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I have written the following code in my C++ program, but near the end, I need to compute the value of x1 / SumOfIntegers. I am a total beginner, and I would really appreciate anyone who could help me figure out how to yield a decimal result as an answer. I have been using 2 as all of my integer inputs, so x1 = 2 and SumOfIntegers = 10. Therefore x1 / SumOfIntegers should equal .2, but I keep getting 1 as the output. Can someone please help me?

#include <iostream>
#include "graphics.h"
#define     _USE_MATH_DEFINES
#include "math.h"

using namespace std;

int main()
{

    double x1;
    double x2;
    double x3;
    double x4;
    double x5;
    double SumOfIntegers;
    const double Radius = 250;
    double CircumferenceOfCircle;
    double x1PercentOfTotal;

    cout <<
        "You will be prompted to enter five integers for a pie chart \n";

    cout << "Enter integer 1: ";
    cin >> x1;

    cout << "Enter integer 2: ";
    cin >> x2;

    cout << "Enter integer 3: ";
    cin >> x3;

    cout << "Enter integer 4: ";
    cin >> x4;

    cout << "Enter integer 5: ";
    cin >> x5;

    cout << "Sum of integers: " << x1 + x2 + x3 + x4 + x5 << endl;
    cin >> SumOfIntegers;

    cout << "Circumference of Circle: " << 2 * (M_PI) * Radius << endl;
    cin >> CircumferenceOfCircle;

    cout << "x1 Percentage of Total " << (double)(x1) /
        (double)(SumOfIntegers) << endl;
    cin >> x1PercentOfTotal;

    return 0;
}
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2 Answers 2

You forgot to calculate the SumOfIntegers value:

cout << "Sum of integers: " << x1 + x2 + x3 + x4 + x5 << endl;
cin >> SumOfIntegers;

You've asked the user to type in the sum and the user is often very bad at data entry. I suggest you store the value yourself. (I also suggest not waiting for user input before continuing. That's annoying.)

Try this:

SumOfIntegers = x1 + x2 + x3 + x4 + x5;
cout << "Sum of integers: " << SumOfIntegers << endl;

(Note especially that I've removed the cin >> SumOfIntegers line.

To see specifically what I'm talking about, change just that one value between runs:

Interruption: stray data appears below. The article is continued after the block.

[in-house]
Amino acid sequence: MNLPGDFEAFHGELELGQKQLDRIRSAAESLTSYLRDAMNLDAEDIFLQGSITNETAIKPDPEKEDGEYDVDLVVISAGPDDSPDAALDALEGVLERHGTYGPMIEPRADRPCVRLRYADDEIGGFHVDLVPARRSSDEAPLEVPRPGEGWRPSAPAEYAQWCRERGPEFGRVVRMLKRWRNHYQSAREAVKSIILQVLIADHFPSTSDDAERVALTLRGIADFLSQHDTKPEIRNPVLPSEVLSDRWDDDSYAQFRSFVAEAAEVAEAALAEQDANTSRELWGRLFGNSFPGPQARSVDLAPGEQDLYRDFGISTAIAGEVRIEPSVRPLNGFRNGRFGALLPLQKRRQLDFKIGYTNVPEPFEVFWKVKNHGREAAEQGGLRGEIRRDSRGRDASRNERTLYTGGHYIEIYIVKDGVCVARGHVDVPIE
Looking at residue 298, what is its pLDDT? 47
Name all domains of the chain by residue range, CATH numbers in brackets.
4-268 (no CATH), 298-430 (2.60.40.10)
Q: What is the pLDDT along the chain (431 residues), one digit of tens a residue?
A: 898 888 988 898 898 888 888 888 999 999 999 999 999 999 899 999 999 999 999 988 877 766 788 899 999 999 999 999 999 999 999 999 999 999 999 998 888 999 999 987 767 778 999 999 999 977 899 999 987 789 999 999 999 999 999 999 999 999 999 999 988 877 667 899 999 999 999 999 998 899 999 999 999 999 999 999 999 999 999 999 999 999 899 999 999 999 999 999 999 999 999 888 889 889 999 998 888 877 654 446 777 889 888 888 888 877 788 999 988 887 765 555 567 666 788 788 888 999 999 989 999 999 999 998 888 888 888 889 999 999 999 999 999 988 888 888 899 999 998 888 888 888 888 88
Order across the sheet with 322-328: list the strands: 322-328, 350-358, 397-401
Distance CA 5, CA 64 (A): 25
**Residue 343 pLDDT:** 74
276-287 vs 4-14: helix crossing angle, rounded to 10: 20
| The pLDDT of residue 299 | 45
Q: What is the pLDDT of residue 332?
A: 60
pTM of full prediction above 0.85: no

$ echo "1 2 3 4 5 6 8" | ./foo 
You will be prompted to enter five integers for a pie chart 
Enter integer 1: Enter integer 2: Enter integer 3: Enter integer 4: Enter integer 5: Sum of integers: 15
Circumference of Circle: 1570.8
x1 Percentage of Total 0.166667
$ echo "1 2 3 4 5 100 7" | ./foo 
You will be prompted to enter five integers for a pie chart 
Enter integer 1: Enter integer 2: Enter integer 3: Enter integer 4: Enter integer 5: Sum of integers: 15
Circumference of Circle: 1570.8
x1 Percentage of Total 0.01

Changing it from 6 to 100 gave a different value -- 0.166667 vs 0.01.

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Thanks! Can you explain to me why removing cin >> SumOfIntegers solved my problem? I am a total beginner and this is the first program I am writing. –  princessofsly5 Jun 12 '12 at 0:29
    
The cin >> SumOfIntegers overwrites the stored value with whatever number you type in at the keyboard. :) –  sarnold Jun 12 '12 at 0:30
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Due to how the division operator works in C++ (don't ask why, it's dumb but it is what it is) when every number is a whole number it treats it weird. If you implement a .0 on the end of one of your numbers it will work.

ex:

2.0 instead of 2

Don't have visual studio installed on this machine so i can't verify if x1 + 0.0 will work or not, but something to try.

also it's better to be calculating the sum instead of inputting it.

P.S. you don't need to do the casting to double either. since they're all doubles already, your casting a double to a double and not achieving anything but wasting clock cycles. Just x1/SumOfIntegers will work.

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Often a good catch, but these variables are all declared double, despite frequently being called integers. –  sarnold Jun 12 '12 at 0:31
    
ah yes, after looking at the code again i see they're all doubles, not an int/double combo. –  Matt Westlake Jun 12 '12 at 1:13
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